activities were all notified of the allegations. Robinson said they've
launched an investigation, but details about what may have happened
weren't released.
According to university records, the dance team had already been
inactive since December 2011 because it didn't have an adviser.
FAMU has cracked down on hazing since the death last November of
drum major Robert Champion, who died after being beaten by fellow
band members during a hazing ritual aboard a bus parked outside an
Orlando hotel following a football game. The Marching 100 was later
suspended, meaning the band won't be playing at this season's football
games. FAMU has since suspended new membership intake for all
clubs and organizations and implemented more strict procedures. That
recruitment ban is set to be lifted this month.

Douglass to Become 3rd African-
American with a Bust at the Capitol
The U.S. House of Representatives on Monday night approved a res-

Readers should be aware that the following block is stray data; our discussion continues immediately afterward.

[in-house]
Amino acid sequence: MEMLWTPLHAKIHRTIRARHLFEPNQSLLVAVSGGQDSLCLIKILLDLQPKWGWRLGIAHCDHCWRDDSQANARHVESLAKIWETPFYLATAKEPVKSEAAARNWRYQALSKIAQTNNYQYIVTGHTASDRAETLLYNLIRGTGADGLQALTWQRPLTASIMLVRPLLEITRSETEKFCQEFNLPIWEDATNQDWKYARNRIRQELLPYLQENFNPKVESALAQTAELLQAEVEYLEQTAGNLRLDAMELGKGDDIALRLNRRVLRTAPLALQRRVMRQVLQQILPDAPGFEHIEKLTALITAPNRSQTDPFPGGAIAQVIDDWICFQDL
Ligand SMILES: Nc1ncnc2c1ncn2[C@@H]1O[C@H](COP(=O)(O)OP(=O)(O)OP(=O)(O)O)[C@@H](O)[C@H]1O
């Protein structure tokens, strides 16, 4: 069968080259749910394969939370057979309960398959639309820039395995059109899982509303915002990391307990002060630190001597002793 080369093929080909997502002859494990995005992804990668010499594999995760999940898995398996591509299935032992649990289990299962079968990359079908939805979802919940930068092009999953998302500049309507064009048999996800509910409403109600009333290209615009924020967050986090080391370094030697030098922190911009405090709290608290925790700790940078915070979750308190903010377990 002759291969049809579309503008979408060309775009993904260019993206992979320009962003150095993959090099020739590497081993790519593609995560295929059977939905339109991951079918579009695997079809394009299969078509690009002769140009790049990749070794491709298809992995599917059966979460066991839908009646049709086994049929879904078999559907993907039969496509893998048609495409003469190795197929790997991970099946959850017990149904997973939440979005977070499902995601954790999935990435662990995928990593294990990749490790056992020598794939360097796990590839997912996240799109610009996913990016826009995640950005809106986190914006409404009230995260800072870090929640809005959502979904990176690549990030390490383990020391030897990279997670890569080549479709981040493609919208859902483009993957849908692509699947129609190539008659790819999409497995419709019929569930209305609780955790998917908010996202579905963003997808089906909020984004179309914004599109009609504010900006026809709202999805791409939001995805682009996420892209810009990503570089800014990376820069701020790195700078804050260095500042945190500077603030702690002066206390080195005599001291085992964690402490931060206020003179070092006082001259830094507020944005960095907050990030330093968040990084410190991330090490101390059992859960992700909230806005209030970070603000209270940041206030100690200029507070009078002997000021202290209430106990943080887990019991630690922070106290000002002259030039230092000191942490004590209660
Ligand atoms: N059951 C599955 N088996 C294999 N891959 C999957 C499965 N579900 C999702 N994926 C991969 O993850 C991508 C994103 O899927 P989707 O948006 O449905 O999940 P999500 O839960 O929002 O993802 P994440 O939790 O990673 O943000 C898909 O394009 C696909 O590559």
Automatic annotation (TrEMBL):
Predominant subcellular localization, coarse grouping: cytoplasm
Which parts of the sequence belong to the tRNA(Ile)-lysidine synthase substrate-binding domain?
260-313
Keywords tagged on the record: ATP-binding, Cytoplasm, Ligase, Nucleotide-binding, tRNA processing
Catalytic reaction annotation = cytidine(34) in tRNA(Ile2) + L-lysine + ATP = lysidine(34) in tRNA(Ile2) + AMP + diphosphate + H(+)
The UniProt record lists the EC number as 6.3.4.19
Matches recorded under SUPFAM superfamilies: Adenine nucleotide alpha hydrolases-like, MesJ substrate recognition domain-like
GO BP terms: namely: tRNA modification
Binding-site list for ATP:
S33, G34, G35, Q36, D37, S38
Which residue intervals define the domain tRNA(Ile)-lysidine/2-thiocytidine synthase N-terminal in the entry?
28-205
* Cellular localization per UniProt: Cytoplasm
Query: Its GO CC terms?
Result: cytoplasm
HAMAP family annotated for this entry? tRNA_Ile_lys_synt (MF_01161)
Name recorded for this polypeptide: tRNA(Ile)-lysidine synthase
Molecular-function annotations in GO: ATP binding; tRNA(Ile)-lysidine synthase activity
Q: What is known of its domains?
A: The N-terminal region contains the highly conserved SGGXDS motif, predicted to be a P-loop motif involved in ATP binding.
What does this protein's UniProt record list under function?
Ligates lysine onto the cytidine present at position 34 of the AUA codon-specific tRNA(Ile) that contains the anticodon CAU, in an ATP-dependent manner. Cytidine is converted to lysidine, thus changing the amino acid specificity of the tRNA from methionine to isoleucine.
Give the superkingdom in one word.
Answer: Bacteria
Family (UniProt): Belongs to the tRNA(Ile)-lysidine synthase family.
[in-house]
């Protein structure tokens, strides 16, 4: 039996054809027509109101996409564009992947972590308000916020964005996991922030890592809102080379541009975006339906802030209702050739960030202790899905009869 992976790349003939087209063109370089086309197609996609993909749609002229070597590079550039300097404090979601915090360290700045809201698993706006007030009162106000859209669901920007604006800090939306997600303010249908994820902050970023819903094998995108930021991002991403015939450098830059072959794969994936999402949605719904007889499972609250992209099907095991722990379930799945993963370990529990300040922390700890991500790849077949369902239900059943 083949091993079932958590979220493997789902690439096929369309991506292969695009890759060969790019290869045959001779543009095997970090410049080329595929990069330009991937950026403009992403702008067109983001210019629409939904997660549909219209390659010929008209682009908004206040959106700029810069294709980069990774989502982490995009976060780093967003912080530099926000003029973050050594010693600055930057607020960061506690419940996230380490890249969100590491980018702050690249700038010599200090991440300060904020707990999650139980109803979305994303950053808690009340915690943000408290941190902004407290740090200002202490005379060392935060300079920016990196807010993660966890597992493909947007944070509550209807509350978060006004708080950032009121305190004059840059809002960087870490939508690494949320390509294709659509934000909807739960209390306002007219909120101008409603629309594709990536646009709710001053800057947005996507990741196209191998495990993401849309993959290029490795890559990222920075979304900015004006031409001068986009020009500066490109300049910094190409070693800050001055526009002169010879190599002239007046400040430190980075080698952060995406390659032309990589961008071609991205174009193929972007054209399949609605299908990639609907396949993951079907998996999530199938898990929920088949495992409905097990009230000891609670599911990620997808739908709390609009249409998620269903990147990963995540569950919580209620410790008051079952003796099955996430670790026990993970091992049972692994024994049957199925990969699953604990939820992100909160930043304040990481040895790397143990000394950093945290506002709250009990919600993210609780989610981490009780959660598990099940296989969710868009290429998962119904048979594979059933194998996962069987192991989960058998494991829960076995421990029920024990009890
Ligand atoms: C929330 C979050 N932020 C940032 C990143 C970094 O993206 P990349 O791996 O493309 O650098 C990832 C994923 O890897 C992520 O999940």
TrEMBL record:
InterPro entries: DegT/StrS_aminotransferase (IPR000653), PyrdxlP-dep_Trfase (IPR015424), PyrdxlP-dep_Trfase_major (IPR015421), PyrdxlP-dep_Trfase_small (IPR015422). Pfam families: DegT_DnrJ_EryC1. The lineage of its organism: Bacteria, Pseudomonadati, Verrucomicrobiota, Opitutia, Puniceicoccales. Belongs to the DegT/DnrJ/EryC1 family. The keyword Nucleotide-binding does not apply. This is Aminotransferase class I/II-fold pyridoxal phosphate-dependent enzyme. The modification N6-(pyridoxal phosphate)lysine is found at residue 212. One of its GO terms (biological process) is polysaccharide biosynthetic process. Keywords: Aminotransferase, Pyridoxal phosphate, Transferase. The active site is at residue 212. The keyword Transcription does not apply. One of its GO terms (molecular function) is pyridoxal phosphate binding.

olution that will move the bust of Frederick Douglas to the Capitol,
making him only the third African-American to be so honored. The
other two: Rev. Martin Luther King Jr. and Sojourner Truth. There are
180 busts on display at the Capitol.
The bill, H.R. 6336, was sponsored by Republican congressman Dan
Lundgren of California, and cosponsored by Democrat Eleanor
Holmes Norton, who represents the District of Columbia. A similar
resolution was introduced in June by Democratic New York Sen.
Chuck Schumer.
This week, Norton hailed the introduction of the bill, writing on her
House website:
"I know that residents are as gratified as I am to see the House con-
sidering a bill allowing the District's Frederick Douglass statue to be
moved into the U.S. Capitol, "Norton said. "The city was so intent on
having the Douglass statue here that it commissioned the statue and
put it on display at One Judiciary Square. The statue would be placed
alongside statues of other distinguished Americans and will be only
the third statue or bust of an African American in the Capitol. This
placement will be a fitting tribute to one of the nation most important
human rights heroes."

Volume 25 No. 47 Jacksonville, Florida September 13-19, 2012

"Our" Schools in America: U -!init

Nearly 60 years after the historic
Brown v. Board of Education
Supreme Court decision declared